CORNWALL INFIRMARY - Admitted this day, five in-patients, and two out-patients -  Discharged, two in-patients, cured, four in-patients, relieved; and two in-patients, incurable. Five beds vacant.

16 December


- Cornubia  -  St. Michael's Mount
- Northampton Great Reform Meeting

The Weather - During the tempestuous weather, on Thursday night last, very considerable damage was done by the lightning to the church and tower of St. Breward, between Camelford and Bodmin, in this county, amounting it is said to upwards of £100; and a short distance from the church, three pigs were so much injured that the owners were obliged to kill them the following morning, several of their bones having been broken by the electric fluid, which was awfully vivid throughout the neighbourhood.

Padstow - Last week, this town was lighted with 20 lamps, to the great convenience of the inhabitants.

New Road from St. Austell to Bodmin [condensed somewhat] On Saturday last, a meeting of the trustees of the St. Austell and Lostwithiel Turnpike-road was held in the Market-house at St. Austell, and was attended by Sir J.S. G. Sawle, Bart, J. H. Tremayne, Esq., Edward Coode, Esq., and the Rev. T. S. Smyth.  Several Gentlemen also were present, subscribers to the new line of road, and for which an Act of Parliament was obtained during the last session.  An interesting discussion ensued as to the propriety &c, of its immediate commencement, as it appears from the Surveyor's estimate £1,000 will be required to complete it, of which £2,000 has been given by public subscription.  The two principal landholders on the line, Sir J.S.G. Sawle, Bart., and J. H. Tremayne, Esq. have each handsomely come forward with £300, and the public generally have subscribed very liberally.

The great importance to the County of this new cross Turnpike is, perhaps, not generally appreciated. ...When the new Assize-Halls are completed at Bodmin, the whole of the County judicial business will be transacted at that town. ... The communication East and West, since the splendid improvements on the Truro and Liskeard Trusts have been (or will be) executed, are excellent.  This, however, does not apply to the South, embracing an important section of the County, and comprehending a population of from 20 to 30,000.

The present Turnpike through St. Blazey... is excessively hilly, and the direct route an execrable one, and positively dangerous for vehicles at night. ...the populous parish of St. Austell (population 10,000) with the fertile farming and maritime parishes of St. Ewe, Mevagissey, Gorran, and Veryan will be principally benefited.   Several thousand acres of unenclosed land may be reclaimed when an easy carriage of lime and other manure from the coast can be obtained.  This applies to the parishes of St. Austell, Roche, St. Wenn, and St. Columb Major.   Heavy articles of coal, timber, castings, &c are also required for the numerous mines in this extensive mineral district, which are now carried over miserable roads.  The China Clay and Stone trade of this neighbourhood has, within the last quarter of a century, assumed a comparative degree of county importance, from 20 to 30,000 tons of these articles are annually now exported from Charlestown and Pentuan to the Staffordshire, Welsh, French, and Belgian potteries. ....From a correspondent.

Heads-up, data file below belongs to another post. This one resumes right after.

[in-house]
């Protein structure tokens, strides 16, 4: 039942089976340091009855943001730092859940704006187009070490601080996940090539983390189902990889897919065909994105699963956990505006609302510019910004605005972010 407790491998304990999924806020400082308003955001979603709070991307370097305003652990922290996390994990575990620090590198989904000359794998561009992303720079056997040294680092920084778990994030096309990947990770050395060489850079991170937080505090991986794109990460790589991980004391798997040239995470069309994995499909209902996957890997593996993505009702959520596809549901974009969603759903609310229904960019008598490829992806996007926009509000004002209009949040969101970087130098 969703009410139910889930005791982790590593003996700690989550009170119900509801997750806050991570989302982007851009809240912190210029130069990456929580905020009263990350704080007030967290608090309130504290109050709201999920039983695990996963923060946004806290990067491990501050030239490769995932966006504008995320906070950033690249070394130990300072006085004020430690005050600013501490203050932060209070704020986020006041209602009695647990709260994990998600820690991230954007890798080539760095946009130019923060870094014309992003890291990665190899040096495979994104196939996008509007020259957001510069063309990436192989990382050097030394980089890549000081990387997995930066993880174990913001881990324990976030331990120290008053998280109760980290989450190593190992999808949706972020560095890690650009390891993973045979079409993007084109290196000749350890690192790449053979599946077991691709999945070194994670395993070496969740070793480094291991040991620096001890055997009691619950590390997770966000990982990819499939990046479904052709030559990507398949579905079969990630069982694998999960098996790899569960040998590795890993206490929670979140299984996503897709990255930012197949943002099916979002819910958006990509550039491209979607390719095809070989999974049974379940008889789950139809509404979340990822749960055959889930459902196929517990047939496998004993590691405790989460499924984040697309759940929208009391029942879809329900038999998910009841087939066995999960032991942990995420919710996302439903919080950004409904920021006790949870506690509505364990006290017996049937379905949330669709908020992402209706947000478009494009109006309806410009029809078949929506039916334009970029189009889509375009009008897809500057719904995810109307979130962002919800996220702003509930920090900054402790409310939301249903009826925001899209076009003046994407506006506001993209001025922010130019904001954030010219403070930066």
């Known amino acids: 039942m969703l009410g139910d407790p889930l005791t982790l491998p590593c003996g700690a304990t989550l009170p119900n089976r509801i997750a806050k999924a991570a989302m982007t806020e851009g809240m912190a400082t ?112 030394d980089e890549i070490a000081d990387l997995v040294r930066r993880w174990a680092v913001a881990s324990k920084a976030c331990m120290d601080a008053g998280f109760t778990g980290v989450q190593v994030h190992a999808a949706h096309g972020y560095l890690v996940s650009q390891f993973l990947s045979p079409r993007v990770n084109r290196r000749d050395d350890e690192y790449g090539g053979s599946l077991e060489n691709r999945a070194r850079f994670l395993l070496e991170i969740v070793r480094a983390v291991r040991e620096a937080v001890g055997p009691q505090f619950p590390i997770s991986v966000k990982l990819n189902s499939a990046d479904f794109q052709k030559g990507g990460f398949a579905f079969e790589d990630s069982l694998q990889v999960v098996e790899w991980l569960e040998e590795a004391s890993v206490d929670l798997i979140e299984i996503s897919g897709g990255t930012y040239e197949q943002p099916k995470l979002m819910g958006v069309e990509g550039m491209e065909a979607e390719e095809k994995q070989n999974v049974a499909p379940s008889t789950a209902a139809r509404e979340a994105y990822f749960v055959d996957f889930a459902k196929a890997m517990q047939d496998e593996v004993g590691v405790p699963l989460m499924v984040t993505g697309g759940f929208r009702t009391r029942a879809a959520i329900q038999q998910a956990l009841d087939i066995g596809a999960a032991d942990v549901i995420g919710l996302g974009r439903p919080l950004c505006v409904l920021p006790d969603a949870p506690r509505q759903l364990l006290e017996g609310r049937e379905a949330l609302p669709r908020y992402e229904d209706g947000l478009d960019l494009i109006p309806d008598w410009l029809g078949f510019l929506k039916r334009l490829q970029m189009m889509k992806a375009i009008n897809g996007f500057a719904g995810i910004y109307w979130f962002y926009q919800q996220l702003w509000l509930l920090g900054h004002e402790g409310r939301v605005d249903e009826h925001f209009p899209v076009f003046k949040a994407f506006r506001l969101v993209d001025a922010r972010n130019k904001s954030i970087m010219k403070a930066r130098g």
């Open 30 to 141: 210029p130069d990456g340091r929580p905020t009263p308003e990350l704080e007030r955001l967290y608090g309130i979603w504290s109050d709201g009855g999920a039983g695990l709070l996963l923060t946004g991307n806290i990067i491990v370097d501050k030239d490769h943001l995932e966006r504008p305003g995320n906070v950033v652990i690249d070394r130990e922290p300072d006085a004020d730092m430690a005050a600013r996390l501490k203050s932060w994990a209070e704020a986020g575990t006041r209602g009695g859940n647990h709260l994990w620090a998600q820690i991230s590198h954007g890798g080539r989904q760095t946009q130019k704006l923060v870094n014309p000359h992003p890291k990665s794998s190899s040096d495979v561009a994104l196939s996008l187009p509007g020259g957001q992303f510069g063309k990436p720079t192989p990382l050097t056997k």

Truro Town Council - At a meeting of the Town-Council of this borough, held on the 5th instant, it was resolved to petition his Majesty in Council, to grant a separate Court of Quarter Sessions of the Peace for the Borough, and to recommend the appointment of Thomas Paynter, Esq. to the office of Recorder.

Accident - A most melancholy and fatal accident occurred at Penzance, on Saturday morning last, by the falling of the floor of a loft, at the Quay, in which a cargo of oats had been recently landed. At the time of the accident, three children belonging to Mr. John Colenso, shipwright, were under the floor, two of whom, aged nine and five years, were buried alive, and when taken out were found, side by side, quite dead.  The other very narrowly escaped a similar fate.

Coach Accident - On Monday last, as the Packet coach, which runs between Devonport and Falmouth, was crossing a place called the Watering, near St. Austell, the axle of one of the fore-wheels broke, by which means the coach was upset; but although there were eight passengers on the coach at the time, they fortunately escaped unhurt. No blame whatever is attributable to any one, the misfortune being purely accidental.

Court of the Chancery, Monday, Dec. 5 (from the Times)   [condensed]

The Lord Chancellor... gave judgment in this case.  It was an appeal from an original decree of the Master of the Rolls. [Evidently, Onesiphorous Harvey, one of the sons of the testator, borrowed heavily from the bank.  However,  Mrs. Harvey, executrix, had not authorized any lien be placed on the trust.  The bank took funds from the trust to pay off  the loans.]